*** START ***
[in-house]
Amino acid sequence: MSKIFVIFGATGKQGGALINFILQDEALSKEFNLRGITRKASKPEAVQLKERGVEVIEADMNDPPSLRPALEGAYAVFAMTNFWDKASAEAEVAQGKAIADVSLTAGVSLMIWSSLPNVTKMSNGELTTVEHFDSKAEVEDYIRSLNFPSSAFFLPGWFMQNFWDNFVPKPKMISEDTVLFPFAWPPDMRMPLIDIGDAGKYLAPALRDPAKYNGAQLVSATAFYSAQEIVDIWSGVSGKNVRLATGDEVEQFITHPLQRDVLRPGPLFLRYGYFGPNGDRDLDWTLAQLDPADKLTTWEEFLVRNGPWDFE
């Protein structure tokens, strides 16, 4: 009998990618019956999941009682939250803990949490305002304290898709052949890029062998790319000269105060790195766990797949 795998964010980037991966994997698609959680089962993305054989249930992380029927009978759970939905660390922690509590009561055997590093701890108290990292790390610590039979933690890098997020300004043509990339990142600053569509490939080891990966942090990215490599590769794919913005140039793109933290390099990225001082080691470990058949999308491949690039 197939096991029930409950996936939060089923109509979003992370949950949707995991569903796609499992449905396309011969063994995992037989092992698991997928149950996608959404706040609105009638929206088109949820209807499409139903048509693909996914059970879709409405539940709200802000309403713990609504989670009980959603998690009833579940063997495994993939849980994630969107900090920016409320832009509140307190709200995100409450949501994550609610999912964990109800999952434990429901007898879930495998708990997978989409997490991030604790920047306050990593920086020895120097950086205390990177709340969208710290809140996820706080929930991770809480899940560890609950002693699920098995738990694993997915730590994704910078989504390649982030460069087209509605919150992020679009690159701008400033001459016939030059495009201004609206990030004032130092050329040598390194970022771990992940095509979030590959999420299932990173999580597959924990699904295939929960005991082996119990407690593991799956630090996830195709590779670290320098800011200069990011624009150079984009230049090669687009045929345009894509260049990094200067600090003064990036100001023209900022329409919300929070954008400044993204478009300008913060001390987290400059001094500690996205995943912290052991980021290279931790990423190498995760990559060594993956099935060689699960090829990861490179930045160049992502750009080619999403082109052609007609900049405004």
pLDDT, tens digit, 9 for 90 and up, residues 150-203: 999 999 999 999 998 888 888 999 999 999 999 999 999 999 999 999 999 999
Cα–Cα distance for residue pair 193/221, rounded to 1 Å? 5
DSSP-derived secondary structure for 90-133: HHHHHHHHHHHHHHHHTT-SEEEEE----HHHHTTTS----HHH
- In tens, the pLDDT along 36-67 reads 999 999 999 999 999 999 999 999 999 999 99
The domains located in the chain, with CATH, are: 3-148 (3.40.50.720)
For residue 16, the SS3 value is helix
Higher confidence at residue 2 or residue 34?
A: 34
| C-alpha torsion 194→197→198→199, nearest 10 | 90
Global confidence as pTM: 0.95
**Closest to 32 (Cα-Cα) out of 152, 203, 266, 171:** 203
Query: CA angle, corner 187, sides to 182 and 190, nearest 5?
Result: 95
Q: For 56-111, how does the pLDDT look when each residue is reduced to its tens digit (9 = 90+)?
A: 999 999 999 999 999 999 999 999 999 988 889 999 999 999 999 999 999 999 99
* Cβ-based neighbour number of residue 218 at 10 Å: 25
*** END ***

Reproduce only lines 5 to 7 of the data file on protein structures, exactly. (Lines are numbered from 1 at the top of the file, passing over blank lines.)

Cα–Cα distance for residue pair 193/221, rounded to 1 Å? 5
DSSP-derived secondary structure for 90-133: HHHHHHHHHHHHHHHHTT-SEEEEE----HHHHTTTS----HHH
- In tens, the pLDDT along 36-67 reads 999 999 999 999 999 999 999 999 999 999 99